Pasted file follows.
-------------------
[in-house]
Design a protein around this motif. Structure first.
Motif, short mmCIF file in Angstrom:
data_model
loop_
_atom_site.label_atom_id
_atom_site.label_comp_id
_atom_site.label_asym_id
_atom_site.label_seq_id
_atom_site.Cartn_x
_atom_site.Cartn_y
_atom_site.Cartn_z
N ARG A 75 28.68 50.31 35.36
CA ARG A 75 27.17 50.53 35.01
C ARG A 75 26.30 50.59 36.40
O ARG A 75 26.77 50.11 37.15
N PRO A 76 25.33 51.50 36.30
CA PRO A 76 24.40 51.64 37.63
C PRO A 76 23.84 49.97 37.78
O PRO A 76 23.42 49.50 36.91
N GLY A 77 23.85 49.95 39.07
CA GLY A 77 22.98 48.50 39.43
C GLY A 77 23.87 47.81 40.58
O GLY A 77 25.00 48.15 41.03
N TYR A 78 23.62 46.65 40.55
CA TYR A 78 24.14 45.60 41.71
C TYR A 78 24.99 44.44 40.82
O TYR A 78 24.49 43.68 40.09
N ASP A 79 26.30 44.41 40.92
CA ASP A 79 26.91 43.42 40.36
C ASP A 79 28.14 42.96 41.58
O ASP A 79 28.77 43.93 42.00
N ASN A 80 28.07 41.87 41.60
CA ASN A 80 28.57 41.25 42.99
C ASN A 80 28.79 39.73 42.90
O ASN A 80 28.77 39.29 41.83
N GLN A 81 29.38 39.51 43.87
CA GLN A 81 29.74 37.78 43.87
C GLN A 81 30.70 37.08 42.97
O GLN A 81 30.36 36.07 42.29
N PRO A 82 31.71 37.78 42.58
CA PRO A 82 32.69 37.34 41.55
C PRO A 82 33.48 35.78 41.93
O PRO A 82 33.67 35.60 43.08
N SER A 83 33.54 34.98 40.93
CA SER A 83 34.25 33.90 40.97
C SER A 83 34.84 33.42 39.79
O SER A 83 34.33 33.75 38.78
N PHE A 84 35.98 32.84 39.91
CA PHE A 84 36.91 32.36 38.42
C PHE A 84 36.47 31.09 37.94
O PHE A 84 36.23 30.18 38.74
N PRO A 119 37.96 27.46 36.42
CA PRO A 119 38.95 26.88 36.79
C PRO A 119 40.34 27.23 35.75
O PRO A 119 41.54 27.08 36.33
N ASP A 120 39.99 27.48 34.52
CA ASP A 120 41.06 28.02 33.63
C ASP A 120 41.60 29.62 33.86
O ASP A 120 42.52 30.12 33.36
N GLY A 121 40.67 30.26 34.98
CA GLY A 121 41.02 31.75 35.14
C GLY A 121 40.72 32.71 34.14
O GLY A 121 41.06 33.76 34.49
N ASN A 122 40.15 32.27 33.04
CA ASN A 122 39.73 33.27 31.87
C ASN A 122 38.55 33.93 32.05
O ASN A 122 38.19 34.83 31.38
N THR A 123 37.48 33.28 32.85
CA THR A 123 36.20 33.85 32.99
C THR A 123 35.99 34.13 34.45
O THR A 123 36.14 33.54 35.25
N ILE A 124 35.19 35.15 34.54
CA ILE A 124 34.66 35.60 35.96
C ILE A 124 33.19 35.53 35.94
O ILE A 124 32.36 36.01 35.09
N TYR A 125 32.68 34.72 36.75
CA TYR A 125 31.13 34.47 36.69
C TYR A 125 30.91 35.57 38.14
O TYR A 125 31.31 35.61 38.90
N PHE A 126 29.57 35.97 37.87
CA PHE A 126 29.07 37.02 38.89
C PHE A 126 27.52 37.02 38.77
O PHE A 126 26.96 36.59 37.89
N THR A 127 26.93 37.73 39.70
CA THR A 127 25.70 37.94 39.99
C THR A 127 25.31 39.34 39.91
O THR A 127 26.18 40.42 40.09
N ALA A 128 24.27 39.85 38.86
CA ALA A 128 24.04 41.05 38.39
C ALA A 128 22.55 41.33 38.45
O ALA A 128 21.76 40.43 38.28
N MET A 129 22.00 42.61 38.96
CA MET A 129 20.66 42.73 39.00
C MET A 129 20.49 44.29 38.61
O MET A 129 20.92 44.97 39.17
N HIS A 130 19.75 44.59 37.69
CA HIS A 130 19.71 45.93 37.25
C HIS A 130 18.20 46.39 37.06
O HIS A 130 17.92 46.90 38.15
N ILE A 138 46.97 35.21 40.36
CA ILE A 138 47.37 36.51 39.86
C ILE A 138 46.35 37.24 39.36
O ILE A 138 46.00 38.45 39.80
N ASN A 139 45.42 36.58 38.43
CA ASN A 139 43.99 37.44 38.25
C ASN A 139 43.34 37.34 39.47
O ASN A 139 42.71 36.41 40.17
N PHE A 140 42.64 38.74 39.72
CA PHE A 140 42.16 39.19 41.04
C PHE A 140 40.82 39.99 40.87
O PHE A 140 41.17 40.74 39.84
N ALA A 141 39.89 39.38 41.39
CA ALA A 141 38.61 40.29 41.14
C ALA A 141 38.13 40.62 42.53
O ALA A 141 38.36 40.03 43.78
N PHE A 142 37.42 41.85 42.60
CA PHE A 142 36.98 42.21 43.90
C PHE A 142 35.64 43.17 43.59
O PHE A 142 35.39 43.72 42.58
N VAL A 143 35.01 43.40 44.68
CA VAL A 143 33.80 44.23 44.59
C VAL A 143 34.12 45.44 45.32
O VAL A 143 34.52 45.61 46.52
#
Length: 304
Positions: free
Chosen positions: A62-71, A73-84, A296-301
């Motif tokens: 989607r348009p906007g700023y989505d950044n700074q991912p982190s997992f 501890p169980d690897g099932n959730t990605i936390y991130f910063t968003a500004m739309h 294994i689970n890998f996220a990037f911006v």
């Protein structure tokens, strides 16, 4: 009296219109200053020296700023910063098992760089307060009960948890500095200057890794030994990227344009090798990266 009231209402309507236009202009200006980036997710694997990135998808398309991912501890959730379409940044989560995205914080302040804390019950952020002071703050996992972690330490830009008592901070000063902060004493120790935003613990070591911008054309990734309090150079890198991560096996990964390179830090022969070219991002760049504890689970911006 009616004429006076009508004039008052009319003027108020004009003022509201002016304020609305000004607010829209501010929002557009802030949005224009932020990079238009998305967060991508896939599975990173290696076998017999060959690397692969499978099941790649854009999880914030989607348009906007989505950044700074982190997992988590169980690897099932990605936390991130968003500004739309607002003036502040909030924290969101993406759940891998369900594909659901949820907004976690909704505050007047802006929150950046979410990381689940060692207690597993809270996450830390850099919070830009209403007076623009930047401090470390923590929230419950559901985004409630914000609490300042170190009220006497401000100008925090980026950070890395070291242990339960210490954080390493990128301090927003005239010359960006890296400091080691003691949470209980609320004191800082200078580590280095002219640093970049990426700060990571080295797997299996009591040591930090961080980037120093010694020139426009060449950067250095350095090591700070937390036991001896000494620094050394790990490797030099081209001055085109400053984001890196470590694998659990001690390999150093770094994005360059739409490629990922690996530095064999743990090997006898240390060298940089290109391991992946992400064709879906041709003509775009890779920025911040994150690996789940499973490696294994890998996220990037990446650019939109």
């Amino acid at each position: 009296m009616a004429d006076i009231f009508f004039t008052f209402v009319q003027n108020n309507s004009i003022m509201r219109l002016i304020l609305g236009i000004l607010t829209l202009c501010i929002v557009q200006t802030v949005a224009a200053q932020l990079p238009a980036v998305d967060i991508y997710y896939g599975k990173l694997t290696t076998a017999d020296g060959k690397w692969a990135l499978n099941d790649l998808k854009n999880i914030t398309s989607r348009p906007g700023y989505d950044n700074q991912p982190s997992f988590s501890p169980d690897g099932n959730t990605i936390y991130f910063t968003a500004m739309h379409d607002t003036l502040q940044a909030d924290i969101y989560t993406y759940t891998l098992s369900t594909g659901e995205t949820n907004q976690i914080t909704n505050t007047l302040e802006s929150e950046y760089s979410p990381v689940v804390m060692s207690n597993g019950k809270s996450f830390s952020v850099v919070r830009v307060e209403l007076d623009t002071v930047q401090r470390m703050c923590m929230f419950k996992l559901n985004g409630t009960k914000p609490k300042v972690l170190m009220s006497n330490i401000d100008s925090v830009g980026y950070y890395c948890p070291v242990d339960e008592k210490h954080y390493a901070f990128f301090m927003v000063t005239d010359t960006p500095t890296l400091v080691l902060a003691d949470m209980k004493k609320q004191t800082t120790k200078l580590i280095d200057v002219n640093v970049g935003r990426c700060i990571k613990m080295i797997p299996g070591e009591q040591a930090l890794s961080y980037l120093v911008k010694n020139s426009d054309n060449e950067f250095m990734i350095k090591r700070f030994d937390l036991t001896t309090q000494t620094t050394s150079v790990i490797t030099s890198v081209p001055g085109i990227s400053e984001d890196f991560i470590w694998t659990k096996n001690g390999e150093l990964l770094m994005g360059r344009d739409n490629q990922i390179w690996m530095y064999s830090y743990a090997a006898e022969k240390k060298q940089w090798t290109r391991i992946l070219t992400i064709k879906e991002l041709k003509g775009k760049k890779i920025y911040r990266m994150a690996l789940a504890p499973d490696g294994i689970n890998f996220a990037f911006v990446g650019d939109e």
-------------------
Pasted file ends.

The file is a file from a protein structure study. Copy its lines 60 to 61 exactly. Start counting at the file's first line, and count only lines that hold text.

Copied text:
O ASP A 120 42.52 30.12 33.36
N GLY A 121 40.67 30.26 34.98